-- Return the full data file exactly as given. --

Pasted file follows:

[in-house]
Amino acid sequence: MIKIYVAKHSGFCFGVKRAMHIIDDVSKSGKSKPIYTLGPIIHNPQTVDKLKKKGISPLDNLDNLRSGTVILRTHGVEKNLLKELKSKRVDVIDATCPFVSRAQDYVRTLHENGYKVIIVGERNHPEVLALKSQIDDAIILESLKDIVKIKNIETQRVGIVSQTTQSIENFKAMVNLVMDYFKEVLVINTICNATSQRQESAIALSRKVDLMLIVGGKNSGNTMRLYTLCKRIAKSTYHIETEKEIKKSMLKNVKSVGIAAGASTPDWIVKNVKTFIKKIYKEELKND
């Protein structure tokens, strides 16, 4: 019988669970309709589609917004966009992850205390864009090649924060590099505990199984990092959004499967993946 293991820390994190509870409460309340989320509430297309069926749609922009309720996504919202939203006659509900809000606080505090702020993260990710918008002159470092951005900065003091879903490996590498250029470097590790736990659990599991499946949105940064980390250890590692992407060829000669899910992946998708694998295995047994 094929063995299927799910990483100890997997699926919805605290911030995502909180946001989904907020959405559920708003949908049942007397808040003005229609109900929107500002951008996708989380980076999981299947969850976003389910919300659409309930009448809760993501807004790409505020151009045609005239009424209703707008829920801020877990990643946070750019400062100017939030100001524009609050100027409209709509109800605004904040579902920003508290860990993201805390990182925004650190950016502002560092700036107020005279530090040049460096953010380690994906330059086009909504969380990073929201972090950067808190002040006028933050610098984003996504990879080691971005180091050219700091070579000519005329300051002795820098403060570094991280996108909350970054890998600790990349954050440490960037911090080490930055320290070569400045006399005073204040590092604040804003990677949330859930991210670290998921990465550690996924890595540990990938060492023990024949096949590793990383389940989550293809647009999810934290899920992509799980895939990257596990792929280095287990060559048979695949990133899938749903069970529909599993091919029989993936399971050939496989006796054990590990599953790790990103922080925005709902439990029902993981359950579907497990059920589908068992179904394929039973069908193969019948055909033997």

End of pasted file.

[in-house]
Amino acid sequence: MIKIYVAKHSGFCFGVKRAMHIIDDVSKSGKSKPIYTLGPIIHNPQTVDKLKKKGISPLDNLDNLRSGTVILRTHGVEKNLLKELKSKRVDVIDATCPFVSRAQDYVRTLHENGYKVIIVGERNHPEVLALKSQIDDAIILESLKDIVKIKNIETQRVGIVSQTTQSIENFKAMVNLVMDYFKEVLVINTICNATSQRQESAIALSRKVDLMLIVGGKNSGNTMRLYTLCKRIAKSTYHIETEKEIKKSMLKNVKSVGIAAGASTPDWIVKNVKTFIKKIYKEELKND
């Protein structure tokens, strides 16, 4: 019988669970309709589609917004966009992850205390864009090649924060590099505990199984990092959004499967993946 293991820390994190509870409460309340989320509430297309069926749609922009309720996504919202939203006659509900809000606080505090702020993260990710918008002159470092951005900065003091879903490996590498250029470097590790736990659990599991499946949105940064980390250890590692992407060829000669899910992946998708694998295995047994 094929063995299927799910990483100890997997699926919805605290911030995502909180946001989904907020959405559920708003949908049942007397808040003005229609109900929107500002951008996708989380980076999981299947969850976003389910919300659409309930009448809760993501807004790409505020151009045609005239009424209703707008829920801020877990990643946070750019400062100017939030100001524009609050100027409209709509109800605004904040579902920003508290860990993201805390990182925004650190950016502002560092700036107020005279530090040049460096953010380690994906330059086009909504969380990073929201972090950067808190002040006028933050610098984003996504990879080691971005180091050219700091070579000519005329300051002795820098403060570094991280996108909350970054890998600790990349954050440490960037911090080490930055320290070569400045006399005073204040590092604040804003990677949330859930991210670290998921990465550690996924890595540990990938060492023990024949096949590793990383389940989550293809647009999810934290899920992509799980895939990257596990792929280095287990060559048979695949990133899938749903069970529909599993091919029989993936399971050939496989006796054990590990599953790790990103922080925005709902439990029902993981359950579907497990059920589908068992179904394929039973069908193969019948055909033997």